Dog sledding in snowstorm.
At the end of October we are ready to put harnesses on the dogs Bamse, Turner and Naala. We put them in front of the sled, which is loaded with most of the things we’ll need for a week-long trip in beautiful weather and minus 12 degrees. The destination is Schuchert Valley, which in the summer is a 10 kilometres wide and 60 kilometres long delta land with treacherous quicksand, which now lies frozen and flat. It takes the dogs two days to remember that they are supposed to pull the sled. In the same time, the temperature is falling drastically. In the evening of October 31st, there are just as many degrees below as days of the month: 31. At the same day I achieve the first serious frost damage of my life. It starts a bit innocent when I loose the perception of touch in my feet. When the blood starts flowing back during the night it hurts like I’ve never felt in my entire life. The next day, my feet is swollen and the two smallest toes on my left foot look like balloons. A few days later it is time to start our return trip, but the barometer falls dramatically, the temperature is raising and the wind is starting to blow. That we are carrying one of the most wind-stable dome tents on the market is only of little help. The tests made with such tents are mostly made when the tent is already erected. To actually put it up in strong wind is something totally different. In our case, the wind is too strong. The tent poles are folding and one of them cracks. It is not possible to build an igloo or to bury ourselves with only 3 decimetres of snow. So we use the sled and the gear as a “wall” against the wind and the tent fly as a roof, and try to hang on to the whipping canvas. The storm continues unabatedly during the night and the snow is packing around us from all sides, while we try to fight back with kicks and fists. Never before have Oscar and I spend a night so intimate, as we lye there like herrings panting from lack of oxygen, under the airtight canvas. At four in the morning, the wind becomes a bit better. Outside the snow depth has doubled and is packed hard, so we just put up the tent and cook a meal. The rest of the return trip is without any problems. Two days later we sit in a nice, warm house, eating pizza and drinking wine. Talk about contrasts !
Mid winter and darkness.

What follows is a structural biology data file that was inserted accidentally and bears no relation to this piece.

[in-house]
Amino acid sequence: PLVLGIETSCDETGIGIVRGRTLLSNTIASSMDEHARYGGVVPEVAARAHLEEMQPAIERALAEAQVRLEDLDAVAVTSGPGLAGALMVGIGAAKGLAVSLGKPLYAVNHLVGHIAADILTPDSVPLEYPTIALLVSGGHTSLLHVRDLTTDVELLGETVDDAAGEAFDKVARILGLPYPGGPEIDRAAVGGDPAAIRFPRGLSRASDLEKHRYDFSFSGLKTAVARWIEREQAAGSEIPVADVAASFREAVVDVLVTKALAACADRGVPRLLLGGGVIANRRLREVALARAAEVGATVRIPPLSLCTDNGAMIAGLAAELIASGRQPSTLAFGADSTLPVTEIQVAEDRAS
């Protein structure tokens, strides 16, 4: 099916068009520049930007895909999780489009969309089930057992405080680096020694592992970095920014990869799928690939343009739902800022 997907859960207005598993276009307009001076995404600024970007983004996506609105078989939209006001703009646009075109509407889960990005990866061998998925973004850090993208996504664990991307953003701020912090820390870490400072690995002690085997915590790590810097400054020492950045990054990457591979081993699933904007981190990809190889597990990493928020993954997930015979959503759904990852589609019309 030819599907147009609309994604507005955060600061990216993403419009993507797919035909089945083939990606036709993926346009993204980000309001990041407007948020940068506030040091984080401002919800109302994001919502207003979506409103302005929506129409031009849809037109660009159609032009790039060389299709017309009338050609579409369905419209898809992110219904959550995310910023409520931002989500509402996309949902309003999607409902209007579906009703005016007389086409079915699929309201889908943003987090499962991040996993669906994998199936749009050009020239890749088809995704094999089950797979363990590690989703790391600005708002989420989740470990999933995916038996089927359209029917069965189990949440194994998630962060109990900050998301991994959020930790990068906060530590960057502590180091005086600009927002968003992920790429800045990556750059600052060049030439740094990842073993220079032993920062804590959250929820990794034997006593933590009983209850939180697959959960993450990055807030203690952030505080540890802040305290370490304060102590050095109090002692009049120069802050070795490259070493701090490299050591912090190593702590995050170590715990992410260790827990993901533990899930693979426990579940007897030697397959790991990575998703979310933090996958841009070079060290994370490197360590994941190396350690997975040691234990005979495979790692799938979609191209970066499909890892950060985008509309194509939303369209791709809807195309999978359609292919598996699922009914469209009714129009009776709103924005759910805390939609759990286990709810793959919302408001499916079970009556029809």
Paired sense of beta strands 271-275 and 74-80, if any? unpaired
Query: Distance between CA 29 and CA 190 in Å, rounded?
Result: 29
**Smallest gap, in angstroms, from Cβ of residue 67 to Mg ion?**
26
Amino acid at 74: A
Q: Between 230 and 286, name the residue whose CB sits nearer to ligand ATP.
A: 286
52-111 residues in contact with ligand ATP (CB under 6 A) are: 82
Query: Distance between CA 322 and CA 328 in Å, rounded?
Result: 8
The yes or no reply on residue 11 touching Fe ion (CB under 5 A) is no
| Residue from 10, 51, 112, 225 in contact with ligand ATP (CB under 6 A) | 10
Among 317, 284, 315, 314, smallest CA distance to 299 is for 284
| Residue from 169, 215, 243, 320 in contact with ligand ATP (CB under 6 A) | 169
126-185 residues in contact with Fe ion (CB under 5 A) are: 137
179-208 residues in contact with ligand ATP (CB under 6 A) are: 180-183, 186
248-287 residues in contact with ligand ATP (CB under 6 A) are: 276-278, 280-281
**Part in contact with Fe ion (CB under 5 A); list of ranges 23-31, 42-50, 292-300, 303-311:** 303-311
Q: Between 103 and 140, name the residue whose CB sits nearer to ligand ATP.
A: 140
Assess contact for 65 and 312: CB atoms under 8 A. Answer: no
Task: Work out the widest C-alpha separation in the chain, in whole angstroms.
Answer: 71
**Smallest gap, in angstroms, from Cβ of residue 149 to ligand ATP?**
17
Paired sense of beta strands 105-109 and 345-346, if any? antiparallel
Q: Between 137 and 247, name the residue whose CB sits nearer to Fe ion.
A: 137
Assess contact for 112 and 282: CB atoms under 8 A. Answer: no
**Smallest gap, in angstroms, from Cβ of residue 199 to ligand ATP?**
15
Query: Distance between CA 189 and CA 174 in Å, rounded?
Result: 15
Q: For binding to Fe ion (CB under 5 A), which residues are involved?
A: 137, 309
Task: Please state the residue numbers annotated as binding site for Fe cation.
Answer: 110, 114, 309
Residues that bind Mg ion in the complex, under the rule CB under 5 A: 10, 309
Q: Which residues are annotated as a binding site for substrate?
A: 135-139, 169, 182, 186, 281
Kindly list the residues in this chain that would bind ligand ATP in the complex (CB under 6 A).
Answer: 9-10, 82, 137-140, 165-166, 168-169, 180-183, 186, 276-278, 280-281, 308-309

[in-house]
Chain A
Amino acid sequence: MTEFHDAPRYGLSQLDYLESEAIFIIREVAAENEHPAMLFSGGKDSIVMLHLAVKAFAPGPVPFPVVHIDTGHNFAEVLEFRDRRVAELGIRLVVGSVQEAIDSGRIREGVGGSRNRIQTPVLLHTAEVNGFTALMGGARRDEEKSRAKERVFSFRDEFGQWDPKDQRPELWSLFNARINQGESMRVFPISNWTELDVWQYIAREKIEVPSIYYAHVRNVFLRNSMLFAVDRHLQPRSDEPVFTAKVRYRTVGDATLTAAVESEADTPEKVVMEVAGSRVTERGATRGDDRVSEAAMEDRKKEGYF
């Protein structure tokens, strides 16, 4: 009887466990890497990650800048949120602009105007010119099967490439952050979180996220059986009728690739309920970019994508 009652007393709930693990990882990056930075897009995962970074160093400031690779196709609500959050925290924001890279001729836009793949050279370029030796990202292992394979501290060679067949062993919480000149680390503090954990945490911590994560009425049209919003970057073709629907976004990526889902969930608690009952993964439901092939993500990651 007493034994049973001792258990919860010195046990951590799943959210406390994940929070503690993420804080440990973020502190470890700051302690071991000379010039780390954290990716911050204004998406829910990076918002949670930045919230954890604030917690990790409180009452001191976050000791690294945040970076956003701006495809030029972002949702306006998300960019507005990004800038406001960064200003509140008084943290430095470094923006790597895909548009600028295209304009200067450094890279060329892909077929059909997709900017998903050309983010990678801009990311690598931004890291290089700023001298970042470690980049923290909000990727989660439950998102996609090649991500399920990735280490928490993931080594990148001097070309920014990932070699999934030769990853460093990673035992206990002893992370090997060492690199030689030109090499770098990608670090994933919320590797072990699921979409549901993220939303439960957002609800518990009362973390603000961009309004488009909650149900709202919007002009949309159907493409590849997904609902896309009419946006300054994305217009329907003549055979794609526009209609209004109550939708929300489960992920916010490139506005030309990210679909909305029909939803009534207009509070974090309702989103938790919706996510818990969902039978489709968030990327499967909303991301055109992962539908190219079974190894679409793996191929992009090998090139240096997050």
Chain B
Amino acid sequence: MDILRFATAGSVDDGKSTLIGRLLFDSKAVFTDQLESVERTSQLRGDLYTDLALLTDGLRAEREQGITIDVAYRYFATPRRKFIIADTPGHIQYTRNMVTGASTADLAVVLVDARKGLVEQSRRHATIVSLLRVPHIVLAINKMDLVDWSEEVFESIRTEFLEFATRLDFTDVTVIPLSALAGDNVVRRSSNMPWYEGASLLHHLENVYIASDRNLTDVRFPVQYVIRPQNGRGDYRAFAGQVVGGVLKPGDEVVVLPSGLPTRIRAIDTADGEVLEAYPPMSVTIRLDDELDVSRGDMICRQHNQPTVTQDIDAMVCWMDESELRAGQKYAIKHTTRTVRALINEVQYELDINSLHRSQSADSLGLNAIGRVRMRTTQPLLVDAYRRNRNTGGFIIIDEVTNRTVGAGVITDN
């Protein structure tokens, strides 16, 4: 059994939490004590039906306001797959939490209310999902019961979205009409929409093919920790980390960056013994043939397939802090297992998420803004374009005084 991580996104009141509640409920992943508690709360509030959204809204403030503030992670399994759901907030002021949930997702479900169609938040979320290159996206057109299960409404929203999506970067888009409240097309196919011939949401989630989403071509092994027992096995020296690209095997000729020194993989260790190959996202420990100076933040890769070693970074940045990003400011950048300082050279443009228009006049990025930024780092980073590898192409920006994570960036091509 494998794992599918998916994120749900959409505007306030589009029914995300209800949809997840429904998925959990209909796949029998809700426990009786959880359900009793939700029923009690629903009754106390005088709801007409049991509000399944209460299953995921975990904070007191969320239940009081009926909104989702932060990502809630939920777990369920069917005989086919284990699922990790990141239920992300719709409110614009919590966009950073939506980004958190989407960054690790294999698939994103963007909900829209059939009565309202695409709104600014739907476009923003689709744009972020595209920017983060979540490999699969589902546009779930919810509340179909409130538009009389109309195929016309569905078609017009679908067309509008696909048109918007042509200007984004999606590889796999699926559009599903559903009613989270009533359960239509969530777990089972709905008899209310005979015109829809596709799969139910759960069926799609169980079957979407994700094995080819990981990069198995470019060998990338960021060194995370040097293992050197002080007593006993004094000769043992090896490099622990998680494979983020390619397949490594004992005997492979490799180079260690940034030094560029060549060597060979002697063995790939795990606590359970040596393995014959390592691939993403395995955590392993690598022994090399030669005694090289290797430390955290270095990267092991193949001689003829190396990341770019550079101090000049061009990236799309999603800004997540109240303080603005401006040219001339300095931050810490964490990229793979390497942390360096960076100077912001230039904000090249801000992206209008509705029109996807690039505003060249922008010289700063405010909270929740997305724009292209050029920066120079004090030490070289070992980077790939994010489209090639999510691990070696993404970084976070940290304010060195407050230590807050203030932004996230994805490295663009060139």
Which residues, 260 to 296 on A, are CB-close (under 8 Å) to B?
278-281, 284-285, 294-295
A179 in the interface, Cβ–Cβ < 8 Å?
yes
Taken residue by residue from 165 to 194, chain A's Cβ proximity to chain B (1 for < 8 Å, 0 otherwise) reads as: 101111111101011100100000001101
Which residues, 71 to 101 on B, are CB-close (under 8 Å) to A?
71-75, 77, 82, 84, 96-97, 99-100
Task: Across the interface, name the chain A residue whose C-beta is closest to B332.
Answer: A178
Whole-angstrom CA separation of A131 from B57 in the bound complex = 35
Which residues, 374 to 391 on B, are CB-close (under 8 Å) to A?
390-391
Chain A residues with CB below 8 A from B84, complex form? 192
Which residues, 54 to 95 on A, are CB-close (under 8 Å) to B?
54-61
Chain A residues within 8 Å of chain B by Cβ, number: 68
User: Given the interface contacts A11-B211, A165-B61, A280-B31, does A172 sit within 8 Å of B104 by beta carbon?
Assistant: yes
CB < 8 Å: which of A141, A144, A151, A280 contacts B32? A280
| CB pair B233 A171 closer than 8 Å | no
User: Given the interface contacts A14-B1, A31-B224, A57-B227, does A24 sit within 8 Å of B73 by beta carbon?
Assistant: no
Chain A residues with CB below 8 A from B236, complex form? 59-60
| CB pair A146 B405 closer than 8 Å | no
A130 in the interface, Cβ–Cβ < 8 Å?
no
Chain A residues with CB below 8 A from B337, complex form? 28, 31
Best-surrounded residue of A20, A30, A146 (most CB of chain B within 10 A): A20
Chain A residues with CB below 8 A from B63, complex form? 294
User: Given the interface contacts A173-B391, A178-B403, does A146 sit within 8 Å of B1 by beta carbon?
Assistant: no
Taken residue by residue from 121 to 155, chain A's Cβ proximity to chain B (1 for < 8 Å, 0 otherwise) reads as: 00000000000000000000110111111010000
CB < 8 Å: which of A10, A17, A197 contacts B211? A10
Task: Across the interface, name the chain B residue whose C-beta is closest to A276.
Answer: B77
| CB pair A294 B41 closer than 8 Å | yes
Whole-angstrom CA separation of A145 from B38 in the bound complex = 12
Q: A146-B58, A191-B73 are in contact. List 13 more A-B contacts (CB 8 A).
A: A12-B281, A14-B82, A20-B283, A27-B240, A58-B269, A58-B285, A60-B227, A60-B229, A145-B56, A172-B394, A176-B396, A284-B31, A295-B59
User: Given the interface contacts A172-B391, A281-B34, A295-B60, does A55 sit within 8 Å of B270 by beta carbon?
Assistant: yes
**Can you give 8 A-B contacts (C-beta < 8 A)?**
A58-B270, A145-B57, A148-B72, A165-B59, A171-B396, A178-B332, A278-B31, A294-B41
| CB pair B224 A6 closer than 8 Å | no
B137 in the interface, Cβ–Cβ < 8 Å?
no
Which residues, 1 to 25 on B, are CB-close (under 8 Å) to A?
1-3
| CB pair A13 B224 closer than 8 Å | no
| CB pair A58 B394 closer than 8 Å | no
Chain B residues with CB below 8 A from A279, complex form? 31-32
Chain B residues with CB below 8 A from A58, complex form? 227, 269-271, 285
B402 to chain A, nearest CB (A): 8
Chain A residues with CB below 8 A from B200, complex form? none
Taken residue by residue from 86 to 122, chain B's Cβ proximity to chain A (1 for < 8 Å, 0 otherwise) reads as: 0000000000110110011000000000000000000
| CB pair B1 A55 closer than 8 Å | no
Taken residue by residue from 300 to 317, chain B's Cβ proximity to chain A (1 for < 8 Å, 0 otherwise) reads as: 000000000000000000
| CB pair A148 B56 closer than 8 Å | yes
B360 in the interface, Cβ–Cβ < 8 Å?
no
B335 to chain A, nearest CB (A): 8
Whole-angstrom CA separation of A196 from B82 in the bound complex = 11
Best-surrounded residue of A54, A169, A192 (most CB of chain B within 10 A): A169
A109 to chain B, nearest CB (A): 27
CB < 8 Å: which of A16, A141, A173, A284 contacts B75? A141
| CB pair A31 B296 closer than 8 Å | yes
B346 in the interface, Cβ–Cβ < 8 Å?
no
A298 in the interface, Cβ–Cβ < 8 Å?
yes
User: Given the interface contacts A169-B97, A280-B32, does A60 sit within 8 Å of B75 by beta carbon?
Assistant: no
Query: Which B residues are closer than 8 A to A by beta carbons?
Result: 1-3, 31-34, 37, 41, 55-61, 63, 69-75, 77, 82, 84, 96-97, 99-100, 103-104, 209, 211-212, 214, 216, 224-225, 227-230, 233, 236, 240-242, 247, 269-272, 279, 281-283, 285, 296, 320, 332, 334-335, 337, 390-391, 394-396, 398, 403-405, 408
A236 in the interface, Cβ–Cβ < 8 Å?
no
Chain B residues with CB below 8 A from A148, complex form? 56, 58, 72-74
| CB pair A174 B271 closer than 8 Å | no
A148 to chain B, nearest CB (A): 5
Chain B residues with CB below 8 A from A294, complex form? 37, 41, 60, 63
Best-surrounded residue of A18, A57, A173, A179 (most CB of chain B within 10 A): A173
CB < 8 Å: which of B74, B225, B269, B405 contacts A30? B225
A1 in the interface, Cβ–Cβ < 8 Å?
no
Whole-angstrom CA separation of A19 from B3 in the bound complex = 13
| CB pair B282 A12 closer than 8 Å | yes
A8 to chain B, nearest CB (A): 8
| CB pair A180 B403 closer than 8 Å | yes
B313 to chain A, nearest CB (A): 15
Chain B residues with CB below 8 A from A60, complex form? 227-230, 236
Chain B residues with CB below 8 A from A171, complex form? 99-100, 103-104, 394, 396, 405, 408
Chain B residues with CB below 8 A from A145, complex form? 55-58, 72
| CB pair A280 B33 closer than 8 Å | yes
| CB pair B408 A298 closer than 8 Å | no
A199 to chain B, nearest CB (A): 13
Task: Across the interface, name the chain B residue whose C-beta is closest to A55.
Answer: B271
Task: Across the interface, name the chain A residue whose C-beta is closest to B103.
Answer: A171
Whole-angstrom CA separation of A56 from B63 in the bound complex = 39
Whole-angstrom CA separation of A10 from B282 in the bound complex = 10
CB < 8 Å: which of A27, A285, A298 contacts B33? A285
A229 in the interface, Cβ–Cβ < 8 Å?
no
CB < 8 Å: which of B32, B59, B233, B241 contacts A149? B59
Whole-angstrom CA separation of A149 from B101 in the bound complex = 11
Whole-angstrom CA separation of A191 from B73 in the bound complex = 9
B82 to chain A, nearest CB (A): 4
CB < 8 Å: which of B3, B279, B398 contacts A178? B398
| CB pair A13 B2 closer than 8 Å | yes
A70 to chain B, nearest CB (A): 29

The sun disappears under the horizon on he 18th of November. But the fjord ice keeps on playing tricks with us. Meanwhile we kayak a lot until the beginning of December, when the sea starts to freeze more thoroughly. Finally we can get out the long-distance skates. For 3 weeks, we enjoy fantastic skating among the frozen icebergs in the fjord. There are clear and quiet days with evening lights which makes us lyrical. Especially a week before Christmas, when peculiar nacreous clouds paint the sky in all colours. We are curious about what this means. Two days later we know. In the morning of this day we are sitting in the house drinking coffee before doing a trip to a big hole in the ice, where we want to fill up the dwindling stocks of seal meat for us and the dogs. As we sit there, looking through the window the wind starts blowing and a single wind melts the frozen ice on the window. A look at the thermometer shows a surprising + 10 degrees. Half an hour earlier it had shown – 9 degrees ! We wonder if we have misread it. But as we stand there, looking, it lowers to – 5 degrees and shortly after it raises to +12,4 degrees. And it keeps falling and raising like a yo-yo. When we go outside it is warm like a summer day. Another gust lets the temperature plummet to freezing and it feels like the temperature differences are larger than what the thermometer manages to register. Neither Oscar nor I have ever experienced anything like it. We had never imagined it would be possible. During the evening, the temperature becomes stable and stays between +8 and +10 degrees. The storm continues during the night and in the morning – the day before Christmas – ten big pieces of seal lies underneath the drying rack, having been blown off it. It turns out that the dogs – who hadn’t been chained up during the storm – already have started their Christmas party. We find them bloated, with their stomachs hanging and hardly able to walk. The worst is the bitch Naala who walks like an old woman. It is nit until the evening that the dogs start moving a bit more normal again. But we are no better ourselves. The next day our own Christmas party ends up in almost the same way.